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A taxing time on Toubkal in the middle of December


Realising that you “have” to take some time off work before mid-December is not the worst thing that can happen to you. The thought was a long weekend to somewhere in Europe – maybe two days, maybe three. Then, the thoughts progress as they invariably do and you think maybe add a day or two, maybe I’ll head to a further reach of Europe. Within fifteen internet minutes I had booked tickets to Marrakech.

A google search later (via “trekking Morocco”, “mountain treks”, “mountain climbing”, “highest mountain”) I had decided to climb Mount Toubkal while we were there, at over 4,000m the highest mountain in North Africa.

MARRAKECH

The more I travel and see new places, the more apparent to me is my ignorance on first arrival. Having never stepped foot into the region before I was particularly conscious of not rushing to presumption or judgement. From how far to trust a taxi driver (usually not very), to negotiation techniques and greetings, you learn quickly. One of the first things that struck me was that the local women openly looked me in the eyes. This may sound like a strange comment, but there are plenty of places in the world where this level of interaction is rare.

Dropped off on the dusty, crowded street of Mohammed V, we took a seat at a small coffee shop to work out next steps. These places are an institution of Moroccan life, occupied predominantly by older men and chatter. A great place to get attuned to the hustle and bustle of the surroundings. Then to the streets to filter through the plethora of flyer waving salesmen and find somewhere interesting to stay.

We settled for a small room in a dirt cheap, but characterful, old merchant’s mansion. With that as a base, we spent a day and a night wandering back and forth between traditional dead end twisting streets and the souk, a place simply teeming with sights, smells and sounds. Having fended off aggressive snake charmers (Dave came within an inch of punching a guy who slipped a snake around his neck as we passed – he is petrified of the things) we ascended onto one of the rooftop restaurants which overlook Djemaa El Fna, the famed square at the heart of Marrakech. From up above the streets it is one of the great views of the world. To the South, the rooftops stretch far into the distance, littered with washing, satellite dishes and stalks nests, giving way to the snow-capped peaks of the Atlas. Turn around and the wide irregular shaped square is an encapsulating sight. Sprawled with food stalls and hawkers selling everything from rugs to monkeys, not forgetting the throng of humanity in between. It will be a long time before I forget the sight of the sun dropping behind the main mosque as the call to prayer rung over the kerfuffle of the grand square and smoke from a hundred cooking pots drifted into nothingness.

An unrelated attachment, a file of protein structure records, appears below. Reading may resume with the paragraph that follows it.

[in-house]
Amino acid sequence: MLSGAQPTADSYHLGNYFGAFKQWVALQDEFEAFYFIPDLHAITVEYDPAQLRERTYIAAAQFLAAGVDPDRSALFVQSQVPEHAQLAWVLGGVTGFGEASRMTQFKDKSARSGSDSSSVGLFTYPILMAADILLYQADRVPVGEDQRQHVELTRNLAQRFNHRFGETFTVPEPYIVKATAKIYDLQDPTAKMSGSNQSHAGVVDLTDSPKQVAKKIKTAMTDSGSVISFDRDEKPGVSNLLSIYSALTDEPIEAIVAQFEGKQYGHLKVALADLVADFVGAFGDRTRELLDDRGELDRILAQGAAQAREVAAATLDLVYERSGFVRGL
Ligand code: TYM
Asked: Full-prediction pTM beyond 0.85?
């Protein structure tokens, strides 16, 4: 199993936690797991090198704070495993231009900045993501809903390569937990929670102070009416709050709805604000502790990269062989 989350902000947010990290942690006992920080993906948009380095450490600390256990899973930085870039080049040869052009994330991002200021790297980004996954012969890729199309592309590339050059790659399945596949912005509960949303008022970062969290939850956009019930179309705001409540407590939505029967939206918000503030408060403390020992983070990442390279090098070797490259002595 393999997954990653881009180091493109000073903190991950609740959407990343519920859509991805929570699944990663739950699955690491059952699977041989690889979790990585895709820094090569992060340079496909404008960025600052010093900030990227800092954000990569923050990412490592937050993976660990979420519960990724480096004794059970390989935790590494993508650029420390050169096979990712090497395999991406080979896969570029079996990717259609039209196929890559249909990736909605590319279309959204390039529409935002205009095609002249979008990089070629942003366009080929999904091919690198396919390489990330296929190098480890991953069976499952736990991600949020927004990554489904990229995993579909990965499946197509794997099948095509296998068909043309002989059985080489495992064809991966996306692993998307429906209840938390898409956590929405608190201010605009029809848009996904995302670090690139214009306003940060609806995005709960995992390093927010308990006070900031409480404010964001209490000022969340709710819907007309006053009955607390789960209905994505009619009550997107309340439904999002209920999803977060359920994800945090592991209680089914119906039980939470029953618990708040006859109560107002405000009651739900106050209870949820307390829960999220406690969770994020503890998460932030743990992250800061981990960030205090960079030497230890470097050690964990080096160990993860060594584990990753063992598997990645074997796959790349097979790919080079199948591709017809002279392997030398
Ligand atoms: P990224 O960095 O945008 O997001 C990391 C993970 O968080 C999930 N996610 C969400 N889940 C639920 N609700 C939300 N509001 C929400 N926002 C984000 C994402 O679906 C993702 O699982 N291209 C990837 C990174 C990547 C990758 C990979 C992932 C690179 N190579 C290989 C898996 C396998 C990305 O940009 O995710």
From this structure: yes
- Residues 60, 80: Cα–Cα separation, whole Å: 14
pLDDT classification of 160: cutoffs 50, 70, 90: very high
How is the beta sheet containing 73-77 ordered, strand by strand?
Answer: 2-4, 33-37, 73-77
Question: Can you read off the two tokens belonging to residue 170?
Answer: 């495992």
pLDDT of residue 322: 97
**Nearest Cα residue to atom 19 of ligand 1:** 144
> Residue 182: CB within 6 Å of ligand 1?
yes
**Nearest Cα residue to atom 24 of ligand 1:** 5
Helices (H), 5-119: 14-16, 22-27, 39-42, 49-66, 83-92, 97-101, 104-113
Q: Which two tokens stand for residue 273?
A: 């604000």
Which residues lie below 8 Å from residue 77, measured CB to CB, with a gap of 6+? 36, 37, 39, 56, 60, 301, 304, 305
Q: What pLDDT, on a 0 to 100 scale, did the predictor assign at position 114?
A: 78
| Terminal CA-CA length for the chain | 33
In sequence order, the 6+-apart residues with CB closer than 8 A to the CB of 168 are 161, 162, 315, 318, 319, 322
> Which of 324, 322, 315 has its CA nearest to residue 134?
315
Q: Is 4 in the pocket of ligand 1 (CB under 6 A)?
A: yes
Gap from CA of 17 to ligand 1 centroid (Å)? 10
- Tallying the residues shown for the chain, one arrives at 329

TO THE CLIMB

Arranging the wished for climb proved straight forward. The initial “guides” we met (read rip-off business men) tried to put us off with stories of too much snow, possible danger, real difficulty this time of year… come try our camel trek (read more money, less effort on their part). We persevered and after elongated haggling, struck a bargain that while well below asking price, was still above the going rate if done solo. We knew it, they knew it, we were content, they feigned disappointment while making a good buck out of us. Business over.

We were soon passed from the middle men to our actual guide, an unimpressed looking giant of a man called Aziz. After an early morning trip to the bakery we loaded onto the back of a truck and headed for the hills.

Driving first through the dirty plain, initially littered with water-guzzling golf courses and water parks and then dirt and villages, the mountains slowly approached. Distinct in the clear weather, the Atlas hogged the horizon with their teeth-like snow settled summits. Into the winding foothills and past many a local Berber adorned with Obi-Wan Kenobi’esque brown hooded robes (much of Star Wars was filmed here and the locals no doubt proved an inspiration). Corner by winding, sloping corner, we were greeted with increasingly impressive vistas.